Mining production manager


Also known as:

  • Mine Manager
  • Mine Superintendent

What they do

Mine managers are responsible for planning, organising and supervising the activities of a mine. They are responsible for planning future mine production, overseeing the development and tunnelling of the mine, checking the quality of stone, rock and minerals and inspecting the mine for danger. Mine managers also carry out generic management duties, such as hiring staff, organising staff training, overseeing financial administration, and liaising and negotiating with suppliers, contractors and other stakeholders. They also ensure occupational health and safety guidelines are followed, which includes planning and overseeing maintenance of the mine and developing emergency response plans.

Specialisations include: Quarry Manager

Working conditions

Mine managers work in mines and offices throughout Western Australia, from the mineral sands mines in Bunbury and the South West, coal mining in Collie, gold mining in Boddington and the Goldfields, to iron ore mining in the Pilbara and Gascoyne regions. They often work at mines in remote locations and may need work on a fly-in, fly-out basis. Depending on the type of mine, they may work outside in most weather conditions, or underground in cramped, enclosed spaces. Most mines operate 24-hours a day, so shift work may be required, which can include working nights, and on weekends and public holidays. The work can often be dangerous, so strict safety policies must be followed and enforced to minimise risks.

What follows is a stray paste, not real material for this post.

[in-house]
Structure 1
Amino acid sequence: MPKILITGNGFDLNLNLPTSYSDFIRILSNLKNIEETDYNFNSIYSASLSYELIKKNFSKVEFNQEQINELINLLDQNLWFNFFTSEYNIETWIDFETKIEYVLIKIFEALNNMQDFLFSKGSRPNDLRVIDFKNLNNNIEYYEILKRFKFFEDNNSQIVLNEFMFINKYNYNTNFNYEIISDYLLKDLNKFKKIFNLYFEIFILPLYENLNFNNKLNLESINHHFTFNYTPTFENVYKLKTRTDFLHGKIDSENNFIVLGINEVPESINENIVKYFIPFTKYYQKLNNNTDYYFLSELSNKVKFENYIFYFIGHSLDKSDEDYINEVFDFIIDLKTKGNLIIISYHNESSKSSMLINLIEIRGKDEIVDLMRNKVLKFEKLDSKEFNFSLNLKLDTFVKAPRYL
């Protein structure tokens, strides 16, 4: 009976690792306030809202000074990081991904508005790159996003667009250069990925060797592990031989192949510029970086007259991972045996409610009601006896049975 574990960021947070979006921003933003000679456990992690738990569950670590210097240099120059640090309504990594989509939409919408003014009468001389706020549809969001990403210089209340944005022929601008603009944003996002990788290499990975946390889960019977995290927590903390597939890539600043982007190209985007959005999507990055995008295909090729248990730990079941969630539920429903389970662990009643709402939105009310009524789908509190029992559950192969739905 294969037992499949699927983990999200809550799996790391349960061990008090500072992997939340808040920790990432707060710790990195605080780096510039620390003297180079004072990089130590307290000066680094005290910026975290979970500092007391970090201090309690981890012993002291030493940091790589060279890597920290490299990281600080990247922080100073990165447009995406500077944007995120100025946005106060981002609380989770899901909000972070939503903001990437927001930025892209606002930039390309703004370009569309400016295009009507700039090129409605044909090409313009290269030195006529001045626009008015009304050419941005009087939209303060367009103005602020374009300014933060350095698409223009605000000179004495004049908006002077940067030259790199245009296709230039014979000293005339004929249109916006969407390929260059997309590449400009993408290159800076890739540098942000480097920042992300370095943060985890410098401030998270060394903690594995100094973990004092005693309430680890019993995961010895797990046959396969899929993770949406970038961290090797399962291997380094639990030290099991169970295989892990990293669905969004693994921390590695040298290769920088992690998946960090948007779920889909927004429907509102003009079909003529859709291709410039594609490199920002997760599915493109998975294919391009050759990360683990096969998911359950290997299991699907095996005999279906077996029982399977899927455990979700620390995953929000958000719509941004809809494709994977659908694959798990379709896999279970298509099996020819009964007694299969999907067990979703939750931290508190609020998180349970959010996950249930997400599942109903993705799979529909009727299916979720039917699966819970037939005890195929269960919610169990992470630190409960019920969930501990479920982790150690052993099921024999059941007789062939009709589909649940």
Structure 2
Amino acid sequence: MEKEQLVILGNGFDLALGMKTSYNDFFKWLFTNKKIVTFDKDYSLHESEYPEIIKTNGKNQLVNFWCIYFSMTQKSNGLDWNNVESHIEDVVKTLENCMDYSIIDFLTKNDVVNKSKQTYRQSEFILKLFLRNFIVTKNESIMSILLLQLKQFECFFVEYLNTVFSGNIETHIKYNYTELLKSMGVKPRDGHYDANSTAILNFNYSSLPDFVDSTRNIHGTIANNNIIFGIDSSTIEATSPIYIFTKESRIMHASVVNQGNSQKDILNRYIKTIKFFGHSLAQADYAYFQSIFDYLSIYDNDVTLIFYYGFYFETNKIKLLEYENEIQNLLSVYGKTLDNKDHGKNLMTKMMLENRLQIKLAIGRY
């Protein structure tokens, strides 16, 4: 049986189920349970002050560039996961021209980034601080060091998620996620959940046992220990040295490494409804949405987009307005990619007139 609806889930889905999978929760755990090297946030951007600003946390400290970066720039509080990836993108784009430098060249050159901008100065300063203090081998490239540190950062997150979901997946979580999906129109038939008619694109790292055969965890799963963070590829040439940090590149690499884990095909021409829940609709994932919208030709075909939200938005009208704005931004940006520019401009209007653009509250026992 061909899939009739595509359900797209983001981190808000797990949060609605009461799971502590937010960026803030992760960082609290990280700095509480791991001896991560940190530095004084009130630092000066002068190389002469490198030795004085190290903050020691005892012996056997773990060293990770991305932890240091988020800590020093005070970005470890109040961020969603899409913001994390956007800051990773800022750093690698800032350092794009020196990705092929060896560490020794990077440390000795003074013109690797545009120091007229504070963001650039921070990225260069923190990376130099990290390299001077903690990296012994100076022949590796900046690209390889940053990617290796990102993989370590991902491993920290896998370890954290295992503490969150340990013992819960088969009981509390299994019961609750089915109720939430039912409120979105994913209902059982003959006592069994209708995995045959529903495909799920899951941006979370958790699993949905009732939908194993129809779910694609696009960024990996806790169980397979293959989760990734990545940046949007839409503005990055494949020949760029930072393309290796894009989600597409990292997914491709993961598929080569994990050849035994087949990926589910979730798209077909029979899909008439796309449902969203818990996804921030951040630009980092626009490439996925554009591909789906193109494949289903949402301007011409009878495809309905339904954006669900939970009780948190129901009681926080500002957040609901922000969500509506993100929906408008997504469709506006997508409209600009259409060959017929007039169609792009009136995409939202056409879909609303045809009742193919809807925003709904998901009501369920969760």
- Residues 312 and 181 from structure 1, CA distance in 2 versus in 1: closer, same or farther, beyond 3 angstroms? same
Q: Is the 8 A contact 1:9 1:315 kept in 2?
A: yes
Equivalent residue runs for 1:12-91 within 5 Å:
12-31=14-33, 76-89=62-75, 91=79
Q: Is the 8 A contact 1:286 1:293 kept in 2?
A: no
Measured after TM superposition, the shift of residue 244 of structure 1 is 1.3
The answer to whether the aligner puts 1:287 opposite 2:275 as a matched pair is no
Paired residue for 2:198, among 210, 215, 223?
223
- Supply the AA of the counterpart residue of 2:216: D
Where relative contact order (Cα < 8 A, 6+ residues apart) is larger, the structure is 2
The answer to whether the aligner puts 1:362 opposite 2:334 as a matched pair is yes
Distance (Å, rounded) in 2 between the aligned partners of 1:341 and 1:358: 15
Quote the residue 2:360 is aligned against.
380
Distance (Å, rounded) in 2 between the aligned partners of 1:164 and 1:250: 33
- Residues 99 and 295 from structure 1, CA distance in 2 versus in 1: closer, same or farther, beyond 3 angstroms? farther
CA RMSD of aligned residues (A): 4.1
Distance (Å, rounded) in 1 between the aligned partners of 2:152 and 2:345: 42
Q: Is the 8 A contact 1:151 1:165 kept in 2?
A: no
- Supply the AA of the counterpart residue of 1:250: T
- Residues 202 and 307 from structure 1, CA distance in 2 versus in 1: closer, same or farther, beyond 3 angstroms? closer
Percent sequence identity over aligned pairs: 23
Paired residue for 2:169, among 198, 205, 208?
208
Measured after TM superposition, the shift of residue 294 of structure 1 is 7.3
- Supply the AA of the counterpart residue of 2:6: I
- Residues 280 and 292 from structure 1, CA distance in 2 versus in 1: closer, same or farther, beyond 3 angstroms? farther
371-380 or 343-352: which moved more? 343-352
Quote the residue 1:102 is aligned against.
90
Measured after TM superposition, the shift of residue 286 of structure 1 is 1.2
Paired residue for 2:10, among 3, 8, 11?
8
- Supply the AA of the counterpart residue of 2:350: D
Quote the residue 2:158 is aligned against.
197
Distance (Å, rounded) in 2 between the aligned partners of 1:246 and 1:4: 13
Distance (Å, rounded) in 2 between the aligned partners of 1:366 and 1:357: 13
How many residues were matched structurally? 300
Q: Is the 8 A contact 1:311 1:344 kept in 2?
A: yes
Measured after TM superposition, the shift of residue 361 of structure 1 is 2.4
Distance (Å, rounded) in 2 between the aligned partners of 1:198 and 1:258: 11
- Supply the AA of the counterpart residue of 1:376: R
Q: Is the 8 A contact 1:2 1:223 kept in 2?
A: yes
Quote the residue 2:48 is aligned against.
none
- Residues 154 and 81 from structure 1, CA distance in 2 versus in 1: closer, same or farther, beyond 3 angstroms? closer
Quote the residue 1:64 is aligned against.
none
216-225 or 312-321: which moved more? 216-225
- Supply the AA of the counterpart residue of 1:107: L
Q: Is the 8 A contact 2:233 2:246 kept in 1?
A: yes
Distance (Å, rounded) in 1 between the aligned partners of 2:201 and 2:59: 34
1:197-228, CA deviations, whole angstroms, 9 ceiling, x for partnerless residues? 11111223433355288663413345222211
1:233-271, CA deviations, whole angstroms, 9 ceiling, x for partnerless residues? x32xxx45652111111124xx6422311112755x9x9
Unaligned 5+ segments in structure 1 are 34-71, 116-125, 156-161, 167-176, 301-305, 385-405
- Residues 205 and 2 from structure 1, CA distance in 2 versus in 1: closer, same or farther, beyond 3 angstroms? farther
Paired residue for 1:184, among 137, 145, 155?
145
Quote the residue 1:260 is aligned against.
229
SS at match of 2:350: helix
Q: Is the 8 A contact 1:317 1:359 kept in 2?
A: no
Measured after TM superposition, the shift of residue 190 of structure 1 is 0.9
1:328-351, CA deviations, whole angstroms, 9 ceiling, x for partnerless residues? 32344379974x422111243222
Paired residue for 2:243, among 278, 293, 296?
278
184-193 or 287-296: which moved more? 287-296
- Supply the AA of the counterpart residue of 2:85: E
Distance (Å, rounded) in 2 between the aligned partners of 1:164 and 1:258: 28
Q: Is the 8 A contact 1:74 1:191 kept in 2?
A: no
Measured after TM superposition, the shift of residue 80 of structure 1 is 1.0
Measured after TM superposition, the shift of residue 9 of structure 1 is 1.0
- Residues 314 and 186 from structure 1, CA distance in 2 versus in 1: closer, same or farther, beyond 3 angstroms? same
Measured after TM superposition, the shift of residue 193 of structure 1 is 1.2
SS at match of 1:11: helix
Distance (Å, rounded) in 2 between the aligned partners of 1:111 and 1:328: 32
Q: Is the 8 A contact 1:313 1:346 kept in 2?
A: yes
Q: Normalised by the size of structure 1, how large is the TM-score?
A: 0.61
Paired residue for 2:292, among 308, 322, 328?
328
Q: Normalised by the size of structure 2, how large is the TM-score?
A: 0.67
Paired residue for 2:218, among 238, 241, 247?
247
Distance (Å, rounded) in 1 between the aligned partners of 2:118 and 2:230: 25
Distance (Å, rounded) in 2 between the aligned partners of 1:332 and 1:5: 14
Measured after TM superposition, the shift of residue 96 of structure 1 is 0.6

Tools and technologies

Mine managers use a combination of office and mining equipment. When in the office they use standard office equipment, including computers with specialised mining software. When on mine sites they need to be familiar with a range of explosives and heavy machinery, including drilling equipment, diggers, trucks and rock-cutting devices. They must also wear safety equipment including overalls, a hard hats, safety glasses, steel-capped boots, hearing protection and reflective clothing.

How do I become one?

Education and training

To become a mining production manager you must hold a First Class Mine Manager's Certificate of Competency, issued by the Department of Mines, Industry Regulation and Safety. In order to qualify for the mine manager's certificate you must have completed an engineering degree majoring in mining, have five years practical mining experience (including three years underground), have a current Apply First Aid Certificate and be at least 25 years old.

Mining engineering degrees are currently offered at two universities in Western Australia.

Curtin University offers a four year Bachelor of Engineering (Mining Engineering). The final two years of the course are delivered at the Western Australian School of Mines (WASM) in Kalgoorlie.

The University of Western Australia offers a two year Master of Professional Engineering with a specialisation in mining engineering available. Prior to enrolling in the masters program students must complete a three year undergraduate degree majoring in engineering science.

Contact the universities you are interested in for more information.

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